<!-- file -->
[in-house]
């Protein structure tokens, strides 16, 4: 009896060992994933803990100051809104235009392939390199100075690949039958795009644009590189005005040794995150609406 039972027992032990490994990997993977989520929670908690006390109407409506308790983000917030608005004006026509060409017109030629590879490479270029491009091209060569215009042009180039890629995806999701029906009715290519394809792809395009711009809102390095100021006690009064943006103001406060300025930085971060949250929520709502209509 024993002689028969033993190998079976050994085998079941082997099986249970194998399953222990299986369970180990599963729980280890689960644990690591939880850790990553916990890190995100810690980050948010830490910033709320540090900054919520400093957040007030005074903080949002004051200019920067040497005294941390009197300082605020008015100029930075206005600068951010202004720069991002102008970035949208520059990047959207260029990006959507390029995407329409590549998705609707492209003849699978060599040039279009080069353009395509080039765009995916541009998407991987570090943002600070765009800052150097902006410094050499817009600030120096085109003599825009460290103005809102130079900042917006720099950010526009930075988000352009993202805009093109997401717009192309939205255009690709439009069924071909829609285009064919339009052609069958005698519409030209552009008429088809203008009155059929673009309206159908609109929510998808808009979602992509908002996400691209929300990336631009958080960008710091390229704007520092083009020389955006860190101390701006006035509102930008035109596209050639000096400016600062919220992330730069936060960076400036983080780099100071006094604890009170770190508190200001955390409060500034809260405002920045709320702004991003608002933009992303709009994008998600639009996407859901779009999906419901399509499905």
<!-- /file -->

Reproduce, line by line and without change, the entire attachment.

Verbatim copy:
[in-house]
């Protein structure tokens, strides 16, 4: 009896060992994933803990100051809104235009392939390199100075690949039958795009644009590189005005040794995150609406 039972027992032990490994990997993977989520929670908690006390109407409506308790983000917030608005004006026509060409017109030629590879490479270029491009091209060569215009042009180039890629995806999701029906009715290519394809792809395009711009809102390095100021006690009064943006103001406060300025930085971060949250929520709502209509 024993002689028969033993190998079976050994085998079941082997099986249970194998399953222990299986369970180990599963729980280890689960644990690591939880850790990553916990890190995100810690980050948010830490910033709320540090900054919520400093957040007030005074903080949002004051200019920067040497005294941390009197300082605020008015100029930075206005600068951010202004720069991002102008970035949208520059990047959207260029990006959507390029995407329409590549998705609707492209003849699978060599040039279009080069353009395509080039765009995916541009998407991987570090943002600070765009800052150097902006410094050499817009600030120096085109003599825009460290103005809102130079900042917006720099950010526009930075988000352009993202805009093109997401717009192309939205255009690709439009069924071909829609285009064919339009052609069958005698519409030209552009008429088809203008009155059929673009309206159908609109929510998808808009979602992509908002996400691209929300990336631009958080960008710091390229704007520092083009020389955006860190101390701006006035509102930008035109596209050639000096400016600062919220992330730069936060960076400036983080780099100071006094604890009170770190508190200001955390409060500034809260405002920045709320702004991003608002933009992303709009994008998600639009996407859901779009999906419901399509499905």